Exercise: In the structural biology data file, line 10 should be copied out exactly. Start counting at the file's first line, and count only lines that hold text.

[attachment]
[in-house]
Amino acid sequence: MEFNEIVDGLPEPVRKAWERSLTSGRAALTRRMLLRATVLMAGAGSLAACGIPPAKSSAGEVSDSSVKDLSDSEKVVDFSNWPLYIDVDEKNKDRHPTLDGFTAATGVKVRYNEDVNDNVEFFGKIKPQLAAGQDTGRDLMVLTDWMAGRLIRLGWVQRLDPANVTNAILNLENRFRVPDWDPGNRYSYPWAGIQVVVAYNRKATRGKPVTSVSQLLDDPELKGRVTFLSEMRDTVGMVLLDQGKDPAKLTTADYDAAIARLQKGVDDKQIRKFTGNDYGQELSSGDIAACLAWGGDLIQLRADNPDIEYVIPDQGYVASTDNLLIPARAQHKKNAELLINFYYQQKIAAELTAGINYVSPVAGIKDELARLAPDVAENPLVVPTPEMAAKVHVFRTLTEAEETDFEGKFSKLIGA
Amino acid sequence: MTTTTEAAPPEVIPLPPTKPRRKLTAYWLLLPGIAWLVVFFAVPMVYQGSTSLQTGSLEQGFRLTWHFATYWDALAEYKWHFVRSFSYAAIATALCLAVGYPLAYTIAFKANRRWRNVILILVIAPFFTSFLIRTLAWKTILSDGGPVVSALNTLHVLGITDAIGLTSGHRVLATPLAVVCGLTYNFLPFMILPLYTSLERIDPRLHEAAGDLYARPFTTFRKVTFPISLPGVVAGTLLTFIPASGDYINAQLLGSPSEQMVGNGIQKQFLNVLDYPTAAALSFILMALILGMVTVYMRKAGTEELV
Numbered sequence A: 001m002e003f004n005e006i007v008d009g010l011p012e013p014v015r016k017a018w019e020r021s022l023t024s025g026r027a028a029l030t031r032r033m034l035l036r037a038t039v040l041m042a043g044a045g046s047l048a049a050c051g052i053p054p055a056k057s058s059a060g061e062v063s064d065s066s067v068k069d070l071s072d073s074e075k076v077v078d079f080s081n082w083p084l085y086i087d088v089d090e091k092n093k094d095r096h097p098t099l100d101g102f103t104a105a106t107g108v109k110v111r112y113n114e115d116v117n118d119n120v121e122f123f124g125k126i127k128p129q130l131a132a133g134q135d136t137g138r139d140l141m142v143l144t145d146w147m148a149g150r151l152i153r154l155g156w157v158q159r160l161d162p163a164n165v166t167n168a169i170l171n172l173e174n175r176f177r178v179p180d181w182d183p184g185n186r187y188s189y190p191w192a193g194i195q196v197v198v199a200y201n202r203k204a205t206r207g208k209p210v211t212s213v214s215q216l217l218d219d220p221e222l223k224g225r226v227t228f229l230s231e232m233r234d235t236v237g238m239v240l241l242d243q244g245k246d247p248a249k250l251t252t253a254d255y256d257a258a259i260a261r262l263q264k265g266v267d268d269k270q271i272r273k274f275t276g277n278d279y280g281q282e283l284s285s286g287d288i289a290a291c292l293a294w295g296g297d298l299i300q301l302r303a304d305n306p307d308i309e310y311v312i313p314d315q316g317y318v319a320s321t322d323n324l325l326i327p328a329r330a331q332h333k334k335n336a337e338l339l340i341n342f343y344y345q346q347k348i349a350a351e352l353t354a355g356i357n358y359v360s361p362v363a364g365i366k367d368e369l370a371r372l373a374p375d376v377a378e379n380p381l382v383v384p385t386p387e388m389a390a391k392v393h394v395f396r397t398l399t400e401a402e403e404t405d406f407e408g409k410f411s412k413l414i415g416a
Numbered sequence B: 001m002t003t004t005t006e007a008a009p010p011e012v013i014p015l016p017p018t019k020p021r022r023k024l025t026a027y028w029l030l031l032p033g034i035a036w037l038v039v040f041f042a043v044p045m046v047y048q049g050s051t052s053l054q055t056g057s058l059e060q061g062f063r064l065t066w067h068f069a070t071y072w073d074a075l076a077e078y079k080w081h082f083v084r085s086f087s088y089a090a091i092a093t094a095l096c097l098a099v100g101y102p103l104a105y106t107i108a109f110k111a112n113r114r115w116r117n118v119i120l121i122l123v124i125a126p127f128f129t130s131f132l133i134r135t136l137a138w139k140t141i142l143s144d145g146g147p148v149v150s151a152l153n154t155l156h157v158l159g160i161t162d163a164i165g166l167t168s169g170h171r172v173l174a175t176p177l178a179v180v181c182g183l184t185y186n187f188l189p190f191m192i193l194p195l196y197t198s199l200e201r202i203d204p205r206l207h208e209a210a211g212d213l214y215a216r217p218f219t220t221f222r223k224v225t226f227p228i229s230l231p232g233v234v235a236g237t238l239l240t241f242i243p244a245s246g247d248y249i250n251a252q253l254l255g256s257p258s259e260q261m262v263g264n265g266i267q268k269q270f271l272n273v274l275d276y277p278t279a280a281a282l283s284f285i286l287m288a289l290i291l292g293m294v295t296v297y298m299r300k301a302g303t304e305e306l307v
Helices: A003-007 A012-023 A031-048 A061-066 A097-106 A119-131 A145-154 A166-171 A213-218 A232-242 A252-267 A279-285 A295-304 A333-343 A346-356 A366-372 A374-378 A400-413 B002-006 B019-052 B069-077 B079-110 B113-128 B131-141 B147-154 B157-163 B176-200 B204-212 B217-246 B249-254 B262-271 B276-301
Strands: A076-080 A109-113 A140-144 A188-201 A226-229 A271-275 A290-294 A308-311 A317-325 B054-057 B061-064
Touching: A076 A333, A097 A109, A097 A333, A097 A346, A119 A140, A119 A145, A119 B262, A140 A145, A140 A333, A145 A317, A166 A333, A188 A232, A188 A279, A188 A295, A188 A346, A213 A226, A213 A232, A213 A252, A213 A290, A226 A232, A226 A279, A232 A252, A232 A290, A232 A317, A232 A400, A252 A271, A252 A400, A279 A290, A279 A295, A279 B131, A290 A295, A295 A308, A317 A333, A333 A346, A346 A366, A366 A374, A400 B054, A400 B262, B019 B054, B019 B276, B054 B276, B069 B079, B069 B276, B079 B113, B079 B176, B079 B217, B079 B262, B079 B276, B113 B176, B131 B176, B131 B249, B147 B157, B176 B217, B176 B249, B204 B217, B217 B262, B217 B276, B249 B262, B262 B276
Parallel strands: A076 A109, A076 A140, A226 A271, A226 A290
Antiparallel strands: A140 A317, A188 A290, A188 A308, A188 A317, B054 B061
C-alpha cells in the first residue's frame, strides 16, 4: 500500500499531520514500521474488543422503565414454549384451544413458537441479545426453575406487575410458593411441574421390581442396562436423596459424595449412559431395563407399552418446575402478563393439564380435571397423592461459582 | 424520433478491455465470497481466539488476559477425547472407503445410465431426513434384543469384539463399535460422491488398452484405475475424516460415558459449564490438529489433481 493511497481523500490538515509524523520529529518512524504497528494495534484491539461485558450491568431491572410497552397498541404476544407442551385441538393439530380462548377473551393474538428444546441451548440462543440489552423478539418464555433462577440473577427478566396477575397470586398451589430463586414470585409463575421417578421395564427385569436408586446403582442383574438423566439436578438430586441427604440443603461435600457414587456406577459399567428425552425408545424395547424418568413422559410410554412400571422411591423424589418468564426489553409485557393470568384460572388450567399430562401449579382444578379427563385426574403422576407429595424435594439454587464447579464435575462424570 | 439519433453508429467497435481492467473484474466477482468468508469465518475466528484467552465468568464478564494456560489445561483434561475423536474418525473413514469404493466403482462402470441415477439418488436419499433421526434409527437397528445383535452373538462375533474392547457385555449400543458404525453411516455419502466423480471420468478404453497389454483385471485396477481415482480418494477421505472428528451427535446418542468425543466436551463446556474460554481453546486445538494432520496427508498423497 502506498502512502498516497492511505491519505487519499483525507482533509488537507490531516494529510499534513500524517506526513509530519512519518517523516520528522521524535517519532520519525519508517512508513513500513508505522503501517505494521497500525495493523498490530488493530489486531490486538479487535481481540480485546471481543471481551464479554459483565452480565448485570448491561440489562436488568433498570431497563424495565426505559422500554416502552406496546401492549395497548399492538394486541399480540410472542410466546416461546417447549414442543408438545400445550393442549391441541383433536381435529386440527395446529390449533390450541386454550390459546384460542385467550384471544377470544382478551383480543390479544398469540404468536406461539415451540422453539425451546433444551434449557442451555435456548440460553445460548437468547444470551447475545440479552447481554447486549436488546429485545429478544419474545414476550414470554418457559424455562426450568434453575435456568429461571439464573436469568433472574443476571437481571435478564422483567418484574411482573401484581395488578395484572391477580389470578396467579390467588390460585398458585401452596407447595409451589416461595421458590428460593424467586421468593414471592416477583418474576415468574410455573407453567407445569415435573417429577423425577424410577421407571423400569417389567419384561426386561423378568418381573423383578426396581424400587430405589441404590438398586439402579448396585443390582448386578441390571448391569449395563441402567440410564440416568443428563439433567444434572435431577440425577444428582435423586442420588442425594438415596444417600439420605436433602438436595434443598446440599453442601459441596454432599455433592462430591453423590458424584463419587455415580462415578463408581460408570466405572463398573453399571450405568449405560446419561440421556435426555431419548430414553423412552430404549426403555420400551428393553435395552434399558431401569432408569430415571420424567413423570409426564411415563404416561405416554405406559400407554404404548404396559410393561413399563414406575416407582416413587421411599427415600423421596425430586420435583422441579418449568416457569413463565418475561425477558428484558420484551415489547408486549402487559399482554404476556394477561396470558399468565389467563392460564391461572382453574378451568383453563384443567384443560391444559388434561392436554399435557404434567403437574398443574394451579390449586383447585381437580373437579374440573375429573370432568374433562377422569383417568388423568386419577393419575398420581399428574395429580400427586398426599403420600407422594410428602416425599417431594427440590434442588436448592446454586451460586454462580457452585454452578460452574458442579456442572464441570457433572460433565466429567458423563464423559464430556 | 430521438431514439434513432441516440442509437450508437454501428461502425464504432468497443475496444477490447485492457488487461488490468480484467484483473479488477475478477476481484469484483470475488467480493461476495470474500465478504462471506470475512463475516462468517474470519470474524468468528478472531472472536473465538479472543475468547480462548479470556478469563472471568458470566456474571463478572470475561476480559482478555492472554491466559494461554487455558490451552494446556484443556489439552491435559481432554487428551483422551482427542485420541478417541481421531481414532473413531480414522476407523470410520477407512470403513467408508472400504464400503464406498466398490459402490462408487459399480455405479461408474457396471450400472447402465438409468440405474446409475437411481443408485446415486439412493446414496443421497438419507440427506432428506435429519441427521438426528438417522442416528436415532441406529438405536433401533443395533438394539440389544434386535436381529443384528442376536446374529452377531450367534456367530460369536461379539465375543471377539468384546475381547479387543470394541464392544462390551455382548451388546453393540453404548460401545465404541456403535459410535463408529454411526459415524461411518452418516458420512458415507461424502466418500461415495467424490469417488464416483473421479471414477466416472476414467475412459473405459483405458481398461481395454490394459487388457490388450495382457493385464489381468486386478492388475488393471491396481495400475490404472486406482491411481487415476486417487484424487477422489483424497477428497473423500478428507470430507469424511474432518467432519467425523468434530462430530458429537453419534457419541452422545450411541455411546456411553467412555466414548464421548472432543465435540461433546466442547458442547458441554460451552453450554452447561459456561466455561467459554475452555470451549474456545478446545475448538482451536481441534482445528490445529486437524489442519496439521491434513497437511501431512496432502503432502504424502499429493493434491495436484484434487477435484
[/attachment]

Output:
Antiparallel strands: A140 A317, A188 A290, A188 A308, A188 A317, B054 B061